During the summer, a series of U.S. towns and local jurisdictions began passing immigration-related legislation. Some have been restrictive and controversial, with Hazleton, Pennsylvania of particular note.
Now the immigration debate is heating up in a Massachusetts town, where residents are expected to vote on a proposal that could revoke the license of any business that employs illegal immigrants. The penalties for employers are very similar to the ones being assessed against employers in other cities.
The proposal has sparked an intense debate across the country, with letters and e-mails pouring into the offices of the Sandwich, Massachusetts, board of selectmen (local government representatives). One selectmen said he would vote no because a yes vote would paint the Cape Cod town as "un-business friendly."
What makes this situation different from most of the other towns passing similar legislation is that there are few illegal immigrants in the town. And some town officials want to keep it that way.
Recently, the board of selectmen unanimously approved special legislation that would ban businesses from hiring illegal immigrants. At a Town Hall meeting scheduled for Monday night, residents will decide whether they want to approve the proposal. Some said they didn't see any need for such a law.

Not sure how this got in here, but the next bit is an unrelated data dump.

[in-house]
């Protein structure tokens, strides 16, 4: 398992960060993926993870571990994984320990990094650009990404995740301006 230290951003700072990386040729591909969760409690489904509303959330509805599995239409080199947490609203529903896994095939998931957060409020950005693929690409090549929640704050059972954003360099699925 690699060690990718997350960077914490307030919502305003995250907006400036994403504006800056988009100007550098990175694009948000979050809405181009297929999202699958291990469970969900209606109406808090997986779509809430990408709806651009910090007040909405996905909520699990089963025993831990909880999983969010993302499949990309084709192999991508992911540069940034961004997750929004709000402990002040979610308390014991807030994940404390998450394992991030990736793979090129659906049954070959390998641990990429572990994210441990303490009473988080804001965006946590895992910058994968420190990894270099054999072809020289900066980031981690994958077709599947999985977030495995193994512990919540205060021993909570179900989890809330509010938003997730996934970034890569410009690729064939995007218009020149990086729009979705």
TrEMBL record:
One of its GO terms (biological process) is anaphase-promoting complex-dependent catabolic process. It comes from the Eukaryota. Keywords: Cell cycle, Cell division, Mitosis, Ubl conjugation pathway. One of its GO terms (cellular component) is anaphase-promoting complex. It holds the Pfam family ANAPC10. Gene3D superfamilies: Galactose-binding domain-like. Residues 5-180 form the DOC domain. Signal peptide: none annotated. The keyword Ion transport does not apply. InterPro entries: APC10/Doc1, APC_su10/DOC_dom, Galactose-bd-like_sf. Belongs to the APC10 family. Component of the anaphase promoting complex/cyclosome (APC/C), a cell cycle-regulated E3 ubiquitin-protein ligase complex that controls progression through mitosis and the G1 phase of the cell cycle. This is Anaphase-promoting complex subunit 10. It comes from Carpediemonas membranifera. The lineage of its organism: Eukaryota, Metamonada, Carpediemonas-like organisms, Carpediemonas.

"I've been in this town a long time, and I have not seen any illegals around. I think they have a lot more to do in this town than to be looking for that," business owner Heidi Arnold said.
If voters approved the legislation, it would then require the state Legislature's approval to become a law, which would be enforceable only in Sandwich. If federal authorities determined that a business had hired illegal immigrant workers, the businesses license could be pulled, suspended or denied. The Pennsylvania laws are generally harsher.
Originally, selectmen wanted to fine businesses $1,000 for each illegal immigrant hired but that provision was removed on the advice of the town attorney. Reportedly, fines are already covered under federal immigration law.
"The message we would like to send is this: We don't welcome businesses that hire illegal immigrants. It's illegal. Simple." said Randy Hunt, chairman of the board of selectmen.
The legislation was first proposed in response to local businesses owners, mainly in the construction industry, who complained that they could not compete with businesses that hired illegals. Legally employed workers in many low-skilled professions in the United States are much more expensive, both in direct wages and in administrative and insurance costs.
Pressure is building on businesses that hire illegal employees because they have an unfair and illegal advantage when bidding on and completing projects. On the other hand, many people and businesses are happy to pay less to get work done and are willing to turn a blind eye to the legal status of people performing the work.
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